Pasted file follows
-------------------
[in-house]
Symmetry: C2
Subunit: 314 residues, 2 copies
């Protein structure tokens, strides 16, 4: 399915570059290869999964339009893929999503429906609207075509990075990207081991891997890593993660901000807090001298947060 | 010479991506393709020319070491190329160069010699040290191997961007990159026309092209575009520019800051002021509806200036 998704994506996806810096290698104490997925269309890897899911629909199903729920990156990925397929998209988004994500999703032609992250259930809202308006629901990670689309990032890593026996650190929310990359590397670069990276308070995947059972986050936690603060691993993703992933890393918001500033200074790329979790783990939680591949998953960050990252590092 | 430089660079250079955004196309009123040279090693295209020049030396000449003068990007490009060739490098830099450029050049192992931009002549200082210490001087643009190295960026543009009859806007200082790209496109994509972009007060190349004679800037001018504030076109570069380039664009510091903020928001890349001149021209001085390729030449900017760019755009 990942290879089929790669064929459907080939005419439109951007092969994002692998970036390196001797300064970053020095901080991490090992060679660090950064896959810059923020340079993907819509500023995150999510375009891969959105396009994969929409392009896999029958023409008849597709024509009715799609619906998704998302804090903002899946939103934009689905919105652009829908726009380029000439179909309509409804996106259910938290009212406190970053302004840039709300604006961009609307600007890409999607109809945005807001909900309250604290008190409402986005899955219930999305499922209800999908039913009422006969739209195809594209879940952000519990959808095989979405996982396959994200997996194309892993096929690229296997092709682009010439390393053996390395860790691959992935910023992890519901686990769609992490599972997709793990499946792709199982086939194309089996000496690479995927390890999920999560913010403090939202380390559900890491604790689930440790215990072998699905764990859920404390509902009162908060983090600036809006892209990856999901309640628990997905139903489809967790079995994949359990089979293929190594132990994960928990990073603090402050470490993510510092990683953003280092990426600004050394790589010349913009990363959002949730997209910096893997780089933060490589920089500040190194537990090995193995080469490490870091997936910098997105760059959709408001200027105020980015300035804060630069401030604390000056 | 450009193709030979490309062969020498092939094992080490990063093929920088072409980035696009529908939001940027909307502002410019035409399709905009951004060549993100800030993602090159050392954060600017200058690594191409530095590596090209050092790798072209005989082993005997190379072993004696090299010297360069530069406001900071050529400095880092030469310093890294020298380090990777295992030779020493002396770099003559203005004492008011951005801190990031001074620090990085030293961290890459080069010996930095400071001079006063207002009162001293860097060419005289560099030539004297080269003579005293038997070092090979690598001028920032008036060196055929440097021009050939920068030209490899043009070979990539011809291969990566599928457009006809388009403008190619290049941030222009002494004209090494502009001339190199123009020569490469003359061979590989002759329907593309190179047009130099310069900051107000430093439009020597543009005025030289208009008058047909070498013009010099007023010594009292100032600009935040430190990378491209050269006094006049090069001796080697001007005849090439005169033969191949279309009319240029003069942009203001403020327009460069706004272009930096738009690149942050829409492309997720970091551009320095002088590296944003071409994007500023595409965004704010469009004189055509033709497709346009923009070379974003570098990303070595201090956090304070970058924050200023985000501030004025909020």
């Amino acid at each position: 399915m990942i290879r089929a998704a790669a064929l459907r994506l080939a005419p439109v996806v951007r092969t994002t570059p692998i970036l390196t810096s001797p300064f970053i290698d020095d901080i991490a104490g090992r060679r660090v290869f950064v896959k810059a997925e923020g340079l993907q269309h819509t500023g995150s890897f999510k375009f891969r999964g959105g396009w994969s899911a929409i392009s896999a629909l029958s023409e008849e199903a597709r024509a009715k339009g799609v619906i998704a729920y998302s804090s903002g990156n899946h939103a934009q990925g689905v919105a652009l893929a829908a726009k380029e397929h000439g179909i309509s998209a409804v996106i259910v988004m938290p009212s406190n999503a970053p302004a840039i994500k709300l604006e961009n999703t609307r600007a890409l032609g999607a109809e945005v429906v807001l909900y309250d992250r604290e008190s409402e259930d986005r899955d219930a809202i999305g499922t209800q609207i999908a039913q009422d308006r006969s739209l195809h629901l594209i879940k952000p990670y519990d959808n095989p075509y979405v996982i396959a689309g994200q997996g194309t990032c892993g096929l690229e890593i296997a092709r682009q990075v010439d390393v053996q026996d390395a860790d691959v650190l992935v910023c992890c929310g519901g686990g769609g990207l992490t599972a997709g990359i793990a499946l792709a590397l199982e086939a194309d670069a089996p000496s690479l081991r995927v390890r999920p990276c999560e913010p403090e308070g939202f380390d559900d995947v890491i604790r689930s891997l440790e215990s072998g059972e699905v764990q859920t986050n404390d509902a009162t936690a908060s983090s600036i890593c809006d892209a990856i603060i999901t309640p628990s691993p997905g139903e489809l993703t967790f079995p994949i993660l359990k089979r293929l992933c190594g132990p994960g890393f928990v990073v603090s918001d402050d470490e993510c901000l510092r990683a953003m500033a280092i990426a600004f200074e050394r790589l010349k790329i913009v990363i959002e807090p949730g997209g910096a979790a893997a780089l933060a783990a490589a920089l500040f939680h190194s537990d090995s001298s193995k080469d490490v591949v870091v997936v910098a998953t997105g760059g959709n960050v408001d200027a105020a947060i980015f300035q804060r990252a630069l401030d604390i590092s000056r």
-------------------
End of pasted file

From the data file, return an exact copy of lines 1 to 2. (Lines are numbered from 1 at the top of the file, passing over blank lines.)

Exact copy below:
[in-house]
Symmetry: C2